The timing of the rollout couldn’t be better. Zug, Switzerland-based bitcoin wallet startup Bread unveiled plans to accept international bitcoin purchases via credit card. Bread is boasting features such as “high limits” and same-day delivery for bitcoin purchases, both of which are often missing from cryptocurrency exchanges. By allowing this service, which is a product of a relationship with Simplex, investors can bypass cryptocurrency exchanges, which incidentally top US banks have taken aim at of late. Bread tweeted – While Bread is making it easier for investors to get their hand on bitcoin, banks are making it more difficult. JPMorgan Chase, Bank of America, Citigroup and Lloyd’s in recent days placed a ban on bitcoin purchases via credit card. Cryptocurrency exchanges appear to be tops on banks’ radar for credit card bitcoin purchases.
The company made the announcement on Twitter, stating that “our engineering team has begun the final testing phase of SegWit for Bitcoin” and that “SegWit-compatible Bitcoin sends/receives will be available for customers in the next few weeks.” As CCN reported, SegWit (or Segregated Witness) was activated on the Bitcoin network via a soft fork last August. By decreasing the size of transactions, SegWit lowers fees and optimizes the limited space in Bitcoin blocks. However, users only take advantage of this feature if they use SegWit-compatible wallet addresses. According to data from hardware wallet manufacturer Trezor, only about 15 percent of Bitcoin transactions currently employ SegWit, down from a high of about 18 percent in late January. This recent reduction could be linked to users taking advantage of lower transaction fees to move funds from legacy addresses to SegWit-compatible ones, but in any case it is clear that the network is not experiencing the full benefits that the scaling upgrade offers, in part because Coinbase and a few other large firms have been slow to implement it.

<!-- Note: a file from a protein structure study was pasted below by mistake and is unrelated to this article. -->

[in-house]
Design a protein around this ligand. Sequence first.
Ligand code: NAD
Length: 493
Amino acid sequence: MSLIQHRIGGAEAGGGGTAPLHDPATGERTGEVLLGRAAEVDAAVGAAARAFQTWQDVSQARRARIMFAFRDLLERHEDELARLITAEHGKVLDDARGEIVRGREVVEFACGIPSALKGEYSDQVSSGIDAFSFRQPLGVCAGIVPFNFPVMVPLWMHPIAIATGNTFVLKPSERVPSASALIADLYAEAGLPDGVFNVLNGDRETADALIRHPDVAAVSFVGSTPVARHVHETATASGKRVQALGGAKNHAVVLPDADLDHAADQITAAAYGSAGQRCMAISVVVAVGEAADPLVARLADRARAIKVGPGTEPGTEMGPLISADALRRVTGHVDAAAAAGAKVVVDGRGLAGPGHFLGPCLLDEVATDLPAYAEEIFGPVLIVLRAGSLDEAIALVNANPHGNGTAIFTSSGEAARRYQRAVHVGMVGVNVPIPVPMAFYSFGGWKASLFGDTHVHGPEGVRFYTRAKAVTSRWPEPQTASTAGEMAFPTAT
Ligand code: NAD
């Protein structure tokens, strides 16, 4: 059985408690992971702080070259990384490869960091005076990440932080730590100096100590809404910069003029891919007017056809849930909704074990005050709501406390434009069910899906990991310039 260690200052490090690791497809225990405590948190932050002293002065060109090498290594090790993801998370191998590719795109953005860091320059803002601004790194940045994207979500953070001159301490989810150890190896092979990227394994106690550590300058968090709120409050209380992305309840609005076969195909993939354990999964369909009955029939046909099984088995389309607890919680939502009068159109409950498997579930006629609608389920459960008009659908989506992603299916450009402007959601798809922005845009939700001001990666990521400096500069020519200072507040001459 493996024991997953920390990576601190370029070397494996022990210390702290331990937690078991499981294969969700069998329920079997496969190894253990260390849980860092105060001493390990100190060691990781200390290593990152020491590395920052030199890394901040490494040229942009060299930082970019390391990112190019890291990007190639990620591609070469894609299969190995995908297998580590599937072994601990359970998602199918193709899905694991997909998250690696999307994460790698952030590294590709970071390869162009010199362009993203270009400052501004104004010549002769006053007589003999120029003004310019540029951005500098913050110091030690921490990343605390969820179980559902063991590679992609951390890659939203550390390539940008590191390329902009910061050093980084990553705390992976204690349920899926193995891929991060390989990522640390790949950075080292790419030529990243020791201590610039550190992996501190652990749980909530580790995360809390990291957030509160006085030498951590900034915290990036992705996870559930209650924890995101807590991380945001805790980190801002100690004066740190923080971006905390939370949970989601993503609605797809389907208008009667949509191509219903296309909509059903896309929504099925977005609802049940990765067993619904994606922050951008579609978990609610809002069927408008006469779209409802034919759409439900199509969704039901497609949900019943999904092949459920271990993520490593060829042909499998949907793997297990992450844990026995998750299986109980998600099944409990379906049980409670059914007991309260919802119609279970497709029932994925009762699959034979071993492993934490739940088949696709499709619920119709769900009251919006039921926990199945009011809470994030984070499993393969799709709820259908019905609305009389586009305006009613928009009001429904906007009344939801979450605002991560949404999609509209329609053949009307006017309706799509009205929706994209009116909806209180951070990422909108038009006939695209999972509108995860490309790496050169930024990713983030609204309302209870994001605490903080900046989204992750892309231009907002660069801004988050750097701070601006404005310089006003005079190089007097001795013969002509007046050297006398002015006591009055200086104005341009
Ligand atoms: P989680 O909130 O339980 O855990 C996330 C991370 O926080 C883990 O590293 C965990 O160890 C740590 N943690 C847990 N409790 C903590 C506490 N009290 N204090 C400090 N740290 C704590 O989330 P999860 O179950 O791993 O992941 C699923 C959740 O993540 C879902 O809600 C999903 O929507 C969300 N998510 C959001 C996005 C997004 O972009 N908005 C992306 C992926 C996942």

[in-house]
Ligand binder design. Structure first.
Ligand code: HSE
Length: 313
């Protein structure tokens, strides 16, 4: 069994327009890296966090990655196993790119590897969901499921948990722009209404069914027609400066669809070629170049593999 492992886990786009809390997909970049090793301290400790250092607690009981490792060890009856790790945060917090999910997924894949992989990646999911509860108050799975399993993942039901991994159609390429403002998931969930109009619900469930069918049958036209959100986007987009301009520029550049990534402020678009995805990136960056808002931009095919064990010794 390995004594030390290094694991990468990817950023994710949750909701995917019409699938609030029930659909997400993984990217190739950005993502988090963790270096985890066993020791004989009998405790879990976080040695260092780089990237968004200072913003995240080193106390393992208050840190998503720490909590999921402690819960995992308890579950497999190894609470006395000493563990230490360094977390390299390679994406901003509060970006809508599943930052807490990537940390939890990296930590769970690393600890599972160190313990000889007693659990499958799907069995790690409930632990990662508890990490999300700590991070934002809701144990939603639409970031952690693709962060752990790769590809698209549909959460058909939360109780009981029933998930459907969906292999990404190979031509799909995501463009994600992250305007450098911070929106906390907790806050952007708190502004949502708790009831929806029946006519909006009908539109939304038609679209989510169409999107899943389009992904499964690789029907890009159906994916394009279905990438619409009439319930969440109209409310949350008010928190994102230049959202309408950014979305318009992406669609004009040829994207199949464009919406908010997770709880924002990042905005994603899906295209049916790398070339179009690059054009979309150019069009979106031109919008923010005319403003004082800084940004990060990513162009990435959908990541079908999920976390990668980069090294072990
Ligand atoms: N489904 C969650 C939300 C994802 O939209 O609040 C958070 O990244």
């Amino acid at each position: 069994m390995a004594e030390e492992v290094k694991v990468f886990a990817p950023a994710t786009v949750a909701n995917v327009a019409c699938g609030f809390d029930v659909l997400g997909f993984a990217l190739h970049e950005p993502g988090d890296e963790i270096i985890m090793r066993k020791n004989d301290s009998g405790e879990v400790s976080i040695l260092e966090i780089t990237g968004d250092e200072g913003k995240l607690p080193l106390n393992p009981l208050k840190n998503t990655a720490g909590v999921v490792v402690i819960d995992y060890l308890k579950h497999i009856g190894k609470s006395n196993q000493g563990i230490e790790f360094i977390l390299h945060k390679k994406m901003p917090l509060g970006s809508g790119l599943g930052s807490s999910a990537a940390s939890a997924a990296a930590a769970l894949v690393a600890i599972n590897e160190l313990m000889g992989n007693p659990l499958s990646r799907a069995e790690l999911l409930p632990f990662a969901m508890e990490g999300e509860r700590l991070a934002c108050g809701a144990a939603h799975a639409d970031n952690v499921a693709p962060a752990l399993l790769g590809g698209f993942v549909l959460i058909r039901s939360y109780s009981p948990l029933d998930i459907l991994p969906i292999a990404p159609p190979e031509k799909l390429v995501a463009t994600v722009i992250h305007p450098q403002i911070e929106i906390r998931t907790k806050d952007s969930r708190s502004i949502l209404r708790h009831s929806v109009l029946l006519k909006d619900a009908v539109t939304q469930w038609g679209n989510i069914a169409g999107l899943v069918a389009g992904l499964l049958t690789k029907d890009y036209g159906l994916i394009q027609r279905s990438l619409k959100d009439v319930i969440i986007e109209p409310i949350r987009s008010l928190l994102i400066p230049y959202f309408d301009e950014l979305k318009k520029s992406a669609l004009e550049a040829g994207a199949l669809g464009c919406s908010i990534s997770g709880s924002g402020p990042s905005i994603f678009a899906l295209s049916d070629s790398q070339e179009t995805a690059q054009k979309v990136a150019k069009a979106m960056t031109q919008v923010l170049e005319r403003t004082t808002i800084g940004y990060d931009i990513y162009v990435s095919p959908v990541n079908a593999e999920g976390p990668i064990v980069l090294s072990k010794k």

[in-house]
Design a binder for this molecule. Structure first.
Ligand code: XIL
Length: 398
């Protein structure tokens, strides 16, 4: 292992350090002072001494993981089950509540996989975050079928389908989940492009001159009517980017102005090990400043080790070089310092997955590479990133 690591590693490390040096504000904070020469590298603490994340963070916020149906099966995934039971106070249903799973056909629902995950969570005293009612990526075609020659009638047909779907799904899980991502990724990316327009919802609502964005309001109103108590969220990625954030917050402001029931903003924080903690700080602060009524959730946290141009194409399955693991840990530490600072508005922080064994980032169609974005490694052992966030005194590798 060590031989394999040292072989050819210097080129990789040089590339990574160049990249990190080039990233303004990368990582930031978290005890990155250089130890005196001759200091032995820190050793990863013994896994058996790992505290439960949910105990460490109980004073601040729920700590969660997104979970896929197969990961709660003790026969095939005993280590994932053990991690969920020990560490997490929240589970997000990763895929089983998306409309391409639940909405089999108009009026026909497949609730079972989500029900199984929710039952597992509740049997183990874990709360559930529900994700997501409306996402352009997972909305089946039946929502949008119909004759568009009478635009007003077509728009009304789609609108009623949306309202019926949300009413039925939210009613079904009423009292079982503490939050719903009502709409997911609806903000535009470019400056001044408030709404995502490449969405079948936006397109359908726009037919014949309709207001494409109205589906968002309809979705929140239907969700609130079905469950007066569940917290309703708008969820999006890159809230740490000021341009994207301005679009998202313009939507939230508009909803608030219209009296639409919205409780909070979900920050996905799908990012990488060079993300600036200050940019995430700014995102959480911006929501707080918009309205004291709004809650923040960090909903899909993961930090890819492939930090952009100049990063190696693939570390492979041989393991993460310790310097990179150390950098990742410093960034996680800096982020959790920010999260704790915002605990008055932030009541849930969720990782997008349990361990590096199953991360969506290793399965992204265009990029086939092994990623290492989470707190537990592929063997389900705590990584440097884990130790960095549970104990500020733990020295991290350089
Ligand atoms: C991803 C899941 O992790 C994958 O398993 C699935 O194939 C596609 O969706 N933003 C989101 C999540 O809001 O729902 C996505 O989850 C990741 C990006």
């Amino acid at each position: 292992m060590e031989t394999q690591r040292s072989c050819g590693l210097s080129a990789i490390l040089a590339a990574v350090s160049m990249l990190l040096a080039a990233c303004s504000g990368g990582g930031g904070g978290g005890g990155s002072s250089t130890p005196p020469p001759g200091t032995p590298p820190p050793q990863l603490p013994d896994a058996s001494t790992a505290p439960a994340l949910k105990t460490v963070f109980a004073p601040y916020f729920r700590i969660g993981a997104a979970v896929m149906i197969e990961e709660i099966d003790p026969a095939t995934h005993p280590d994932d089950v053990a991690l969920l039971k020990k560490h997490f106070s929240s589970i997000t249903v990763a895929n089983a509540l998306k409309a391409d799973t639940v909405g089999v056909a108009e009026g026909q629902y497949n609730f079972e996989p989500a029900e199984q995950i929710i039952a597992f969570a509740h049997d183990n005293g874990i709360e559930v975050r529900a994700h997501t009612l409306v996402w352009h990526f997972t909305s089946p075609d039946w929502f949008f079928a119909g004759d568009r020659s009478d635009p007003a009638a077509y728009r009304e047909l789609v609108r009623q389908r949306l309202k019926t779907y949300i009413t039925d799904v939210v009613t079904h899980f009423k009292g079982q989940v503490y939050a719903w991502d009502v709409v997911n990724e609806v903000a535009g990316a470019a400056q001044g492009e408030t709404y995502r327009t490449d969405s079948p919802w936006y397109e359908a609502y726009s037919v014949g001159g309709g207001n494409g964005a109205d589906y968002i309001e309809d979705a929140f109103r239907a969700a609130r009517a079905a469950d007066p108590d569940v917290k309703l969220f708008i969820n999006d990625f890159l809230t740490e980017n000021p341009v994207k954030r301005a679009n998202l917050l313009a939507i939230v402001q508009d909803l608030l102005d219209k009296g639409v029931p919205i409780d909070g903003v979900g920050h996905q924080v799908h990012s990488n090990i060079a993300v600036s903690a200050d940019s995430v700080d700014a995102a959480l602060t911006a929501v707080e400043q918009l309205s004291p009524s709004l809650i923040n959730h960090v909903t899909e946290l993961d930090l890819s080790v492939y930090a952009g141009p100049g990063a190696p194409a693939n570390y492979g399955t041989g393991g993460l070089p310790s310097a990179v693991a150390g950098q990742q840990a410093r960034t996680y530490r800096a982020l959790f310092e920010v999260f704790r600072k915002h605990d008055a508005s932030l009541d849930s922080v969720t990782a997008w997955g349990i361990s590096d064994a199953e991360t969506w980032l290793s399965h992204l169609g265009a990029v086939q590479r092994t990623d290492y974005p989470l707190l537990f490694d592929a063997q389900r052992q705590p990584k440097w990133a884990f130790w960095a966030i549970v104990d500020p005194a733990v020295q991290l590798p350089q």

The hearing, which was held by the Senate Committee on Banking, Housing, and Urban Affairs, touched on a broad range of regulatory concerns related to cryptocurrencies and blockchain technology, including initial coin offerings (ICOs), trading platforms, derivatives and exchange-traded funds (ETFs), and the assets’ perceived use to perpetrate financial crimes and subvert international sanctions. In their opening statements, both Clayton and Giancarlo expressed concern about the fact that cryptocurrency exchanges are currently regulated at the state level rather than the federal, and each reiterated that, at some undefined point in the future, Congress may want to increase federal regulators’ ability to oversee the spot markets.
Cryptocurrency prices began to creep back into positive territory after two top US market regulators signaled a cautious approach to cryptocurrency regulation during Tuesday’s high-profile Senate hearing. Securities and Exchange Commission (SEC) Chairman Jay Clayton and Commodity Futures Trading Commission (CFTC) Chairman J. Christopher Giancarlo spoke before the Senate Committee on Banking, Housing, and Urban Affairs for more than two hours, delivering prepared remarks and answering pointed questions from regulators. As CCN reported, Clayton and Giancarlo largely stuck to the script during the hearing, calling for “carefully tailored” regulation of cryptocurrency exchanges at the federal level but cautioning legislators against acting too quickly — or with a heavy hand.
Datawallet’s DXT token sale sold out today after reaching its $40 million goal. The pre-sale on Jan. 22, 2018 sold out in 55 seconds, raising $8 million. The C2B data exchange allows for the transparent exchange of data between consenting consumers and businesses. Users can link multiple data sources from social media, online commerce and offline transactions to their DataWallet app and opt-in to share it with companies interested in acquiring this data. All data is entirely anonymized and can be reviewed by the user at any given time, providing control over deciding who is a worthy recipient of their data, transparency around how the data will be used, and the ability to profit from assets that are rightfully theirs.